My father returned to Africa for a third time in 1979. This time he was the director and one of the writers in a team of people making a documentary about the liberation struggles in Southern Africa. They started out at the Organization of African Unity (OAU) Summit which was held in Monrovia, Liberia. I remembered that he had told me a funny story about a cousin who lived in Liberia and asked about him.
What about your family member in Liberia?
(Laughter) That was funny. It was at the very beginning of the OAU and he made the papers. Now with parking violations the Liberians have a very interesting situation. When you violate parking restrictions they won’t let you just drive off. They don’t put a ticket on your car; they don’t have the kind of super-structure to do that. So instead they let the air out of your tires. (Told while laughing through-out) So they get a guarantee that you are going to be there when they get ready to ticket you. And then, when they get it cool (street corner justice) they send some poor little laborer with a hand pump and they pump your tires back up.
So, we’re sitting around reading the paper, and there is this, I think his name was James, but it was Major who is in the paper. He objected to this woman flattening his tires and he slapped her. They were scandalized and it made the paper. Somebody said “Reggie that must be your relative.” I said “Oh no, not mine.” But he was also in charge of hospitality and so they said to me, “Listen man, you go there and find him. And if you are related, you know, he’s in charge of hospitality.” So I think, “What the hell?”
I went into the city, found the office, went in and he asked me what I was doing there. I told him about my quest and he said.
“Well, we could be related. I was born in the United States.”
And I said, “Oh?”
And he said, “Yeah, my father brought me here in the ‘30’s.”
He said he had been raised in Florida, etc. etc. and his father decided to go back to Liberia. And so it didn’t take long to find out that yeah, we were in the same family. He knew Doris, he knew Pauline. (USA based Bahamian cousins) So it eased our stuff up considerably.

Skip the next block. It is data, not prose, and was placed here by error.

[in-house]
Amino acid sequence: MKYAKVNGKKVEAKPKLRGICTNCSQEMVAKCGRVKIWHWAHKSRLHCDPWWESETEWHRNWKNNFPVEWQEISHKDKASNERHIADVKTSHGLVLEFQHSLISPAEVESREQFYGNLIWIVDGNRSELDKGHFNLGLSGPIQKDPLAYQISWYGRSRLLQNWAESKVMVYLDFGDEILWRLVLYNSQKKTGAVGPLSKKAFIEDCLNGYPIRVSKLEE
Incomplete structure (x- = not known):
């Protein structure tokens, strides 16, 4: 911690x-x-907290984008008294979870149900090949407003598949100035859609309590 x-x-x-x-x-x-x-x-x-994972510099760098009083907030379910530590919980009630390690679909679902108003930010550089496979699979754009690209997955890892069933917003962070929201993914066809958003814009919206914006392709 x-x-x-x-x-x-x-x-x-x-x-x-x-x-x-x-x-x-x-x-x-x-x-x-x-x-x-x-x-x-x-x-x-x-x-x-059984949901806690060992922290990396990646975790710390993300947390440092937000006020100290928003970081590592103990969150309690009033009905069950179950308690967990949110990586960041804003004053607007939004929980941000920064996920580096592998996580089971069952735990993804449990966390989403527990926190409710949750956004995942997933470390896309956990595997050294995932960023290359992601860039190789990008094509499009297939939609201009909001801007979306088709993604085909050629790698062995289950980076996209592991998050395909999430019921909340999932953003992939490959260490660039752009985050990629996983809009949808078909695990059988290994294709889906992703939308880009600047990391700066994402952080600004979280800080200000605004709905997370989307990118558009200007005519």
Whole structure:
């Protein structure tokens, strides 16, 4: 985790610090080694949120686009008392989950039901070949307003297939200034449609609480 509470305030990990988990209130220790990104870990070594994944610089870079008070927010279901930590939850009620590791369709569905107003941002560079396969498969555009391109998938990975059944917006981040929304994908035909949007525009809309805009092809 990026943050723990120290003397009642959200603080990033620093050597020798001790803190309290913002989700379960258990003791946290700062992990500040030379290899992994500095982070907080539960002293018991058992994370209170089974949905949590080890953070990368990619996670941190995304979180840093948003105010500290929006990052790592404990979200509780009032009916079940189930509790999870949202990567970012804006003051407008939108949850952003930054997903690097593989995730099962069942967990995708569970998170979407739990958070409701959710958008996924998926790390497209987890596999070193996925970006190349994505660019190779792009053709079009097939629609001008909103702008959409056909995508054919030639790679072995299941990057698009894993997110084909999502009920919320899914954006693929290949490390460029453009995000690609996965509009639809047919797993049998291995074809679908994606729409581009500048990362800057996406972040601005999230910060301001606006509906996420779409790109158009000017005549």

It eased us up at the hotel. Then they gave us an extra week in Liberia, on them. The hotel that was not completed before, the hotel Alfree, was now completed. (I could not find a hotel by that name online. I may have mis-heard or it may have been renamed. This was 1979 so things change.) They gave us a couple of suites. We just hung in Liberia, looking around and what not, courtesy of the government of Liberia and my cousin.
That would be Mr. Major?
Yes ma’am, but it ended up being not so pleasant for reasons that I can’t figure out, none of us could, they decided that Nolewe (Belvie Rooks’ teen-aged daughter) was Liberian and that we were spiriting her out of the country. So we caught all kinds of hell behind that. And it made no difference that she had a passport.
She also looks like her mother.
But from their point of view, she was a girl who was trying to get by because of the resemblance. And they would follow her around. And you know, we were in the hotel and that was dangerous too. Because not only would they follow her around, they figured that she was giving it up. And if she was going to give it up to Americans, she might as well give it up to Liberians.
It was a hassle. And we were hassled. And it was an all Black staff. Finally, I got pissed off at this thing and I went up to the desk and I said, “Listen. Somewhere around here there is a white man in charge, and I want to talk to him. I’m tired of talking to your ass.” Because you know we had been complaining. I said, “You just get me the white man in charge.” So the white man in charge showed up and I talked to him. He explained that it was difficult to keep Nolewe in the hotel. (He was of no help) So they gave us a really serious hard time each day and of course there are fewer and fewer non-Liberians at the hotel every day.
Because people are going home because the conference was over?
Right. So we literally snuck out. They were hassling us. They were hassling Nolewe about an exit visa. We decided “to hell with it.” So we got our taxi and put Nolewe on her knees and the filming equipment at her knees and Amika sitting on top. They didn’t realize what was happening and we moved out we went straight to the airport. We didn’t have exit visas so we bought some there. We jumped on a plane. Gone.
Reggie and the film team are on their way to Nairobi, Kenya. You can read more tidbits of this Africa trip next week. If you missed prior Africa stories click here to read about: Reggie’s first trip to the OAU. Or click here where he talks about: Growing an African consciousness.
If you want to know more about author, journalist and political activist Reggie, nee Reginald, Major click here to see how and why I began this: Journey of the Tapes.